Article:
No-one wants to think that their marriage will end. But the truth is that around one in 3 marriages in Australia ends in divorce – and it often happens when couples hit their late 40s and early 50s.
The average age of divorce is on the rise in Australia – 45.5 for men and 42.9 for women according to the most recent ABS statistics. Sadly, for these couples, and those in their 50s, 60s and 70s a “grey divorce” brings not only emotional pain, but significant financial challenges, especially for women.
In the US, where the divorce rate among adults 50 and over has roughly doubled since the 1992, research suggests divorce can ruin retirement, with fights for the family home and inadequate savings for two separate lives. Recent UK research shows that for one in four women, divorce can lead to life below the poverty line. There hasn’t been as much research on the over 50s here in Australia recently, although a 2007 report found divorce often caused significant negative financial consequences for those over 55, a situation that isn’t likely to have changed.
“Through my experience over the past 10 years, Australian statistics and experiences now would be very similar to what’s coming out of the US and UK,” says Goal Financial’s Rob Warry.
But it’s not all bad news. Planning now for the unexpected, and being smart if a break-up occurs, can make a big difference. Here’s what you need to know to stop a grey divorce, or the end of a long-term de facto relationship, wrecking your retirement.
There’s less time left to rebuild
Divorce in your late 40s and beyond means less time left in your working life to rebuild your finances, so it’s important to get good advice. The longer a couple has been together, the more complex their financial situation is likely to be, with issues such as determining the pre-marriage value of assets, and what to do with the family home and superannuation. Getting good advice – and making sure you have a clear agreement on the division of assets before signing divorce papers – could make a huge difference to the rest of your life.
A big challenge for women
Research in the UK in 2014 found that when a relationship ends, women who no longer have dependent children, especially those over 50, see living standards fall far more dramatically than men – and that 30 per cent of them fall into relative poverty after separation.
Research by MLC found that only 47% of single Australian women feel in control of their finances.
“Single women over 50, in particular, need to look after their own finances,” says Rob Warry.
Even if you’re happily married, making sure you’ve got your finances sorted – for example, extra voluntary contributions to superannuation – can make sure that if the unexpected happens down the track, your financial position is more secure.
The family home
Deciding what to do with the family home is, understandably, an emotional challenge. But it’s important to consider the long-term future.
If the market is buoyant, then selling the shared home and putting the money into superannuation and taking an income from the super fund can be a wise decision for those who are no longer still in the work force. For those who are working, selling the property, so that both parties can buy something smaller, is one option, as is one partner buying the family home from the other. The best option for you will depend on factors such as whether you have children still living at home, what sort of earning capacity each of you have over the next 10-20 years, if any, and what other assets you have.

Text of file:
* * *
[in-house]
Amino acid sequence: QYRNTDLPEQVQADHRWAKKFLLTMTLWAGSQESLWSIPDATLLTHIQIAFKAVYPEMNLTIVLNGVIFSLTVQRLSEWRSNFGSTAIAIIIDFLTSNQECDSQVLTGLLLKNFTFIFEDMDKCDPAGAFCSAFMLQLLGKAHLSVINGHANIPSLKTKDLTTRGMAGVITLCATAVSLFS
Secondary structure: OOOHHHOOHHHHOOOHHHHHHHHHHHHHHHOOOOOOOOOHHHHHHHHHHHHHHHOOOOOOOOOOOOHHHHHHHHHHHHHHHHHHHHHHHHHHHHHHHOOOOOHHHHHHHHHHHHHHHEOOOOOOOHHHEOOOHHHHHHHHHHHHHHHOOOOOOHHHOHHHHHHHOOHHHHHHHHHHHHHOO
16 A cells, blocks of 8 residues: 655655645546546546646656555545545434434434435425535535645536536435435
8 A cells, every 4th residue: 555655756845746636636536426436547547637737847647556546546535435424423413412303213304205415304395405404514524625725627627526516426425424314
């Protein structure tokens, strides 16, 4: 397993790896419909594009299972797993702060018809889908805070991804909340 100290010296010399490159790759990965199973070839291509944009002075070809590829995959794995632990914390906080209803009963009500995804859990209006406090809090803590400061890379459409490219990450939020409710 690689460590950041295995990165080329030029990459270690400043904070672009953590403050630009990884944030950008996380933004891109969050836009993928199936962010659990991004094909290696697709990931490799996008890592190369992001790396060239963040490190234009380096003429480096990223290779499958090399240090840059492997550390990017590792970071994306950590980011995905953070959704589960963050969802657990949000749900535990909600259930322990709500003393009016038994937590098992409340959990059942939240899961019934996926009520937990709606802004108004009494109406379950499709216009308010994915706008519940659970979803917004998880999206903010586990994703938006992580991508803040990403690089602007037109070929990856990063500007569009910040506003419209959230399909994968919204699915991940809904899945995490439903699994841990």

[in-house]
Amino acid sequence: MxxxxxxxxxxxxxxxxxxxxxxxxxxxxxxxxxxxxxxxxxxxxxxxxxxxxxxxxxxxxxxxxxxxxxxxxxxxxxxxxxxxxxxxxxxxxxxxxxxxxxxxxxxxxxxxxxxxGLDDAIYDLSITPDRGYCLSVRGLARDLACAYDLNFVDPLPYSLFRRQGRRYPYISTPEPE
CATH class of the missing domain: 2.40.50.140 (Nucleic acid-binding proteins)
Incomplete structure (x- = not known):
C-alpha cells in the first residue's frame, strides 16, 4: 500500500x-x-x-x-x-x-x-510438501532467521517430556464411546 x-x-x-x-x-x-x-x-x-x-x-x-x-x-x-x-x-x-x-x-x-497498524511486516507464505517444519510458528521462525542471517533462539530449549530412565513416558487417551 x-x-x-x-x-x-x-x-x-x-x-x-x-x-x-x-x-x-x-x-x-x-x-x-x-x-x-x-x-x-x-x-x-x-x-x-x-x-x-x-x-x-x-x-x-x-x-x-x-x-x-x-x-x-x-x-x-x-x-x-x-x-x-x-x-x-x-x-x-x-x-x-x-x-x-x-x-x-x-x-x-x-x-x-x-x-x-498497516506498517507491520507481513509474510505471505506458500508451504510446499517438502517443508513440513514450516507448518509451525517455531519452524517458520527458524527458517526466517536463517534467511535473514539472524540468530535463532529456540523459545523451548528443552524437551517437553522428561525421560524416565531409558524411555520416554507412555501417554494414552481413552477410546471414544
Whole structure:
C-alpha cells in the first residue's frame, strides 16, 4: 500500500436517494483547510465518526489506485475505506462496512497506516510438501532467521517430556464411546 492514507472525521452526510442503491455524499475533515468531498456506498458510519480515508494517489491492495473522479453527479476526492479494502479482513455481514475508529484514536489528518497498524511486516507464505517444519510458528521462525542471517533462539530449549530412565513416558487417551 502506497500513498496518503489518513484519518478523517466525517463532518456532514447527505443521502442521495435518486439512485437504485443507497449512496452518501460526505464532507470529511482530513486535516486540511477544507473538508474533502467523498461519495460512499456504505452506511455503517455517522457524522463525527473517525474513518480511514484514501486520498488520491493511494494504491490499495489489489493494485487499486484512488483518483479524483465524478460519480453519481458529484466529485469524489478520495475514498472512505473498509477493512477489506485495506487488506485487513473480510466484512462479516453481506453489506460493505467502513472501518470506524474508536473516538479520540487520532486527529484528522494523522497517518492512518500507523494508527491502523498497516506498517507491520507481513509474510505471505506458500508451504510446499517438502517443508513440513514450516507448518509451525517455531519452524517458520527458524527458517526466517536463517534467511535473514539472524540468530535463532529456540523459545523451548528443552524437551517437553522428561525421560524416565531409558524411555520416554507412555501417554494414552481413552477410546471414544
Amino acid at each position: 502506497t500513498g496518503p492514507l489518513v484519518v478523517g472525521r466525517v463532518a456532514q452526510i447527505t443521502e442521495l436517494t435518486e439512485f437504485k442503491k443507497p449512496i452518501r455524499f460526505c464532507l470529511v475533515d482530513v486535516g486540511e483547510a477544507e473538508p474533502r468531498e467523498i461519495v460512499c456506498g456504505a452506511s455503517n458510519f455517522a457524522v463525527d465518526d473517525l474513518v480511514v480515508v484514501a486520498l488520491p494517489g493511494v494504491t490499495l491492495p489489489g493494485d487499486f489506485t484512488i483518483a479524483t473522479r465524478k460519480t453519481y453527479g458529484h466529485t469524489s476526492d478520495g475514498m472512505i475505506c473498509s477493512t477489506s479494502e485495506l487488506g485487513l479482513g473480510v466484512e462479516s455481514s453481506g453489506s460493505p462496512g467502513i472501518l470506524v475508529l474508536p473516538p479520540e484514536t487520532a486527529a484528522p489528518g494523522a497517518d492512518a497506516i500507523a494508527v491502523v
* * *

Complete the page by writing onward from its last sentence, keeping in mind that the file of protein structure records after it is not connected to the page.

Remember too that life can change – holding onto a home you love as the major part of a divorce settlement can be a bad decision if your health or work situation changes unexpectedly, or the property market takes a dive.
Another factor you need to consider is that the assets test limits used by Centrelink to assess your eligibility for a pension and other assistance are different for single people – and that while your principal home is not counted as an asset, an investment property or holiday home is.
This means, for example, that a couple with a home and an investment property might receive a full pension if their combined assets, excluding their home, are not worth more than $380,500, while the asset threshold for a single homeowner is $253,750. But what happens if their investment property is worth more? Let’s say Jack and Jill Smith own their home plus an investment property, both worth $500,000, with no mortgages (and for the sake of this rather simplified example, no other assets) – they both receive a reduced pension, because they are over the full pension asset threshold, but still the limit at which a part pension cuts out. But if they divorced and each then owned one of the properties, they would both be eligible for a full pension (although both facing higher individual living costs, too).
As you can see, there’s a lot to consider when it comes to property, including the family home and investments.
Superannuation and other assets
Australia has laws the govern how property and assets are handled after separation. For most assets, the separating spouses or de facto partners can either come to an agreement, or apply for a court order about the division of property or the payment of partner maintenanceSeparating couples can split up superannuation – although the money is usually retained in a fund, not converted to cash, depending on your age, and even if your separation is amicable, the rules still require both of you to get independent advice before any changes can be made.
This is an area where the advice of a lawyer who specialises in family law can be really helpful.
Whatever you are considering, it’s important to know that if you haven’t been able to reach an amicable settlement, there are time limits on court applications about asset settlements – 12 months after a divorce becomes final for married couples, and 2 years after the end of a de facto relationship.